Story with image

Ghosts of Ireland: Spring Hill

Besides being the name of a treacherously boring town in Central Florida, Spring Hill is the name of a historic home in County Londonderry, Ireland. The house was built in the late 1600’s as a result of a marriage contract between William Conyngham and Ann Upton.  Her father had a clause written into the contract stating that her husband must build her a “convenient dwelling house of lime and stone, two stories high with the necessary office houses, gardens and orchards.” This is historic proof that fathers have for centuries been looking after the best interests of their daughters.

Spring Hill

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Lake Windermere Monster

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In our first venture beyond the ghostly side of the paranormal, we bring news of England’s answer to the Scottish Loch Ness monster: Bow-nessie. This creature allegedly lives in Lake Windermere, which is the largest of the lakes that make up the Lake District in Northwest England. I visited and crossed over this lake last summer while on holiday in England. My friend and I had visited Beatrix Potter’s home which is in the Lake District. On our way home, we took the small ferry which crosses at the lake’s middle. Maybe if I had known about “Bow-nessie” before that, I would’ve opted for a drive around the lake….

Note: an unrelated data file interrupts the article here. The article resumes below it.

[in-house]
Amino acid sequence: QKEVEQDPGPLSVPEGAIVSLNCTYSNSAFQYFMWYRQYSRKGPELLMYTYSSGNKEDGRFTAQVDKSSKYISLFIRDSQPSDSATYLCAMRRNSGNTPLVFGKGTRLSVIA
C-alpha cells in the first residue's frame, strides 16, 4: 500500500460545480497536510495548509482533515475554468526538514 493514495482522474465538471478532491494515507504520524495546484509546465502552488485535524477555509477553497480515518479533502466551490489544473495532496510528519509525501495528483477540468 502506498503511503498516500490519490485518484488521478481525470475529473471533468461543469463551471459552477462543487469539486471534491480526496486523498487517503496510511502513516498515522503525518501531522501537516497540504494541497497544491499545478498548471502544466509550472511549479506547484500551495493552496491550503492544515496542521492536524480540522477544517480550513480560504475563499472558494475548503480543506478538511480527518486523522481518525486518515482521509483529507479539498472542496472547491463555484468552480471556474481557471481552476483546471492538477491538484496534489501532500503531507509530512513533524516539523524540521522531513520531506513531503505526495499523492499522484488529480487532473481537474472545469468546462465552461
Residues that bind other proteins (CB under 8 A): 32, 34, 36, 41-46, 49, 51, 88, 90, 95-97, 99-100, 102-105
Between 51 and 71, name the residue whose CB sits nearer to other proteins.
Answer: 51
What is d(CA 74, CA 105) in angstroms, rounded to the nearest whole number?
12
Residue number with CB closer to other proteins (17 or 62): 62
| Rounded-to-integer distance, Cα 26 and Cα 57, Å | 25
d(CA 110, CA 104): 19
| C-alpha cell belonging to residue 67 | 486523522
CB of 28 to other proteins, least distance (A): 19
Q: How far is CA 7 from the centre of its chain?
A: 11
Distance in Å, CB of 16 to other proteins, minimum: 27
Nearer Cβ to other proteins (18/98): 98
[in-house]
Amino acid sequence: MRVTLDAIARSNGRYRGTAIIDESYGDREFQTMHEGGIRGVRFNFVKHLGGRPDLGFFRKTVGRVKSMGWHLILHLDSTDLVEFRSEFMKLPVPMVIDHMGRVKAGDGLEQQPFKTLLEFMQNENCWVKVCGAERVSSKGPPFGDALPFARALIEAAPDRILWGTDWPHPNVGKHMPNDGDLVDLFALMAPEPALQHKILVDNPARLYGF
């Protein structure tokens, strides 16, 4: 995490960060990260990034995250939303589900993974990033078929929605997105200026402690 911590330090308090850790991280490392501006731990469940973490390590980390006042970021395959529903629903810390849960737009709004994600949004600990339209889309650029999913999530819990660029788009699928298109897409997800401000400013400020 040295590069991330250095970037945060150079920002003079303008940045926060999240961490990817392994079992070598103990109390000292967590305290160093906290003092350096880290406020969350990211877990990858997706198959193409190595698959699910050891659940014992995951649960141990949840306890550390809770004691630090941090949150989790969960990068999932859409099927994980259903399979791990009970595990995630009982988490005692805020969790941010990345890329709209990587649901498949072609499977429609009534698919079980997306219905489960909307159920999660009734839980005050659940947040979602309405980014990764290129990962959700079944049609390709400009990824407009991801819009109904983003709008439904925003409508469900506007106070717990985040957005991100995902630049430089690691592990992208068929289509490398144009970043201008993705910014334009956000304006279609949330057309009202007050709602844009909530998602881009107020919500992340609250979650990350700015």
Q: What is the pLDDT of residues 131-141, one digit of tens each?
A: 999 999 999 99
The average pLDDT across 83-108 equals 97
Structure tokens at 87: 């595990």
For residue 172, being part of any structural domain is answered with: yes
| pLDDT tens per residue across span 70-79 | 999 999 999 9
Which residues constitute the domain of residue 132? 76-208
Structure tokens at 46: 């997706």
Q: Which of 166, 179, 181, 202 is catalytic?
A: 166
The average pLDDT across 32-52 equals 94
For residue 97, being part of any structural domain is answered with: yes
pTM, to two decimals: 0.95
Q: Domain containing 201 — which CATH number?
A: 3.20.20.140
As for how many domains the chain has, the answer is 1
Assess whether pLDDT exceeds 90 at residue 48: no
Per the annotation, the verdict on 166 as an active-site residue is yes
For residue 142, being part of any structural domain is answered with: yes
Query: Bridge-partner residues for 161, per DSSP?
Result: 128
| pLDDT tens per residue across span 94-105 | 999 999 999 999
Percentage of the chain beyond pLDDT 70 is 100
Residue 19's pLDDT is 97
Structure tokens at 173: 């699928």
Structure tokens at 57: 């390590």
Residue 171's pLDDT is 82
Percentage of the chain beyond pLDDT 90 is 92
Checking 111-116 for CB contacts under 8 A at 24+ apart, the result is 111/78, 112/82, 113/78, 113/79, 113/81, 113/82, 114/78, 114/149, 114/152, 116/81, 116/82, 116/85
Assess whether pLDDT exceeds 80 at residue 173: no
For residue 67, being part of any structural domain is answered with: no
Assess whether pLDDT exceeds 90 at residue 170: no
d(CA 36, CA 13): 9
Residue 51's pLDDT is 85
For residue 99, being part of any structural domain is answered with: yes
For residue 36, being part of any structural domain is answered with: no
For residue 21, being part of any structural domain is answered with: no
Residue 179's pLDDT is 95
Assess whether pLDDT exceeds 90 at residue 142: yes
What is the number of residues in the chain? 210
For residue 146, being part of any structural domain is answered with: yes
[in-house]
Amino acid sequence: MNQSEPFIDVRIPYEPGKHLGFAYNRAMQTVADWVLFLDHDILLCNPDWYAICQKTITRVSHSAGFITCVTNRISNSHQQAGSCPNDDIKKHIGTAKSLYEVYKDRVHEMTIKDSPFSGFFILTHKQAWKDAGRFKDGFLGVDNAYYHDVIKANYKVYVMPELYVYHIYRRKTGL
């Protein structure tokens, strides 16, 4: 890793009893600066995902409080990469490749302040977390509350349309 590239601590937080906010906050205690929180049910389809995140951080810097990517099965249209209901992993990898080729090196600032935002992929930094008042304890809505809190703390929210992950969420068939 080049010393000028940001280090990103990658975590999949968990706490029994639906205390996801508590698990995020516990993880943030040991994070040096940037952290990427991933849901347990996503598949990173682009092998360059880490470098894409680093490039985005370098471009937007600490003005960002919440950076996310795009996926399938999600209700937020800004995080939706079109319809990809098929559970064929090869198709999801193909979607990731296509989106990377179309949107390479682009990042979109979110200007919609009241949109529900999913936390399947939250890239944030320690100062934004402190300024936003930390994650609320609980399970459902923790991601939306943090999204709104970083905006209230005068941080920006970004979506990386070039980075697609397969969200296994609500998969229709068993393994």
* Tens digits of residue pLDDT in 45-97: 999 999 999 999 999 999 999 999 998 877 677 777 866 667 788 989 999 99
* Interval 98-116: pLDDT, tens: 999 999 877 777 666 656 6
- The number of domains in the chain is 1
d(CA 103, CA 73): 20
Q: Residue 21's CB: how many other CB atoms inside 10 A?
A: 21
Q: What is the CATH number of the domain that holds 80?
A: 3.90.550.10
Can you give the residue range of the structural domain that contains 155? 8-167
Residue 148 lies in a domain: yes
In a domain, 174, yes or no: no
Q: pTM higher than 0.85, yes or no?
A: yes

Nothing puts a damper on a serene afternoon’s kayaking like the sight of a primeval sea monster.

That was the rude lesson for Tom Pickles and Sarah Harrington, who’d taken their watercraft out on the foggy waters of Lake Windermere, only to encounter what appeared to be “an enormous snake” swimming by.

“It was petrifying and we paddled back to the shore straight away. At first I thought it was a dog and then saw it was much bigger and moving really quickly at about 10 mph,” the 24-year-old Pickles told The Telegraph. “Each hump was moving in a rippling motion and it was swimming fast. Its skin was like a seal’s but its shape was completely abnormal—it’s not like any animal I’ve ever seen before.”

Two of their photos can be viewed at the Source.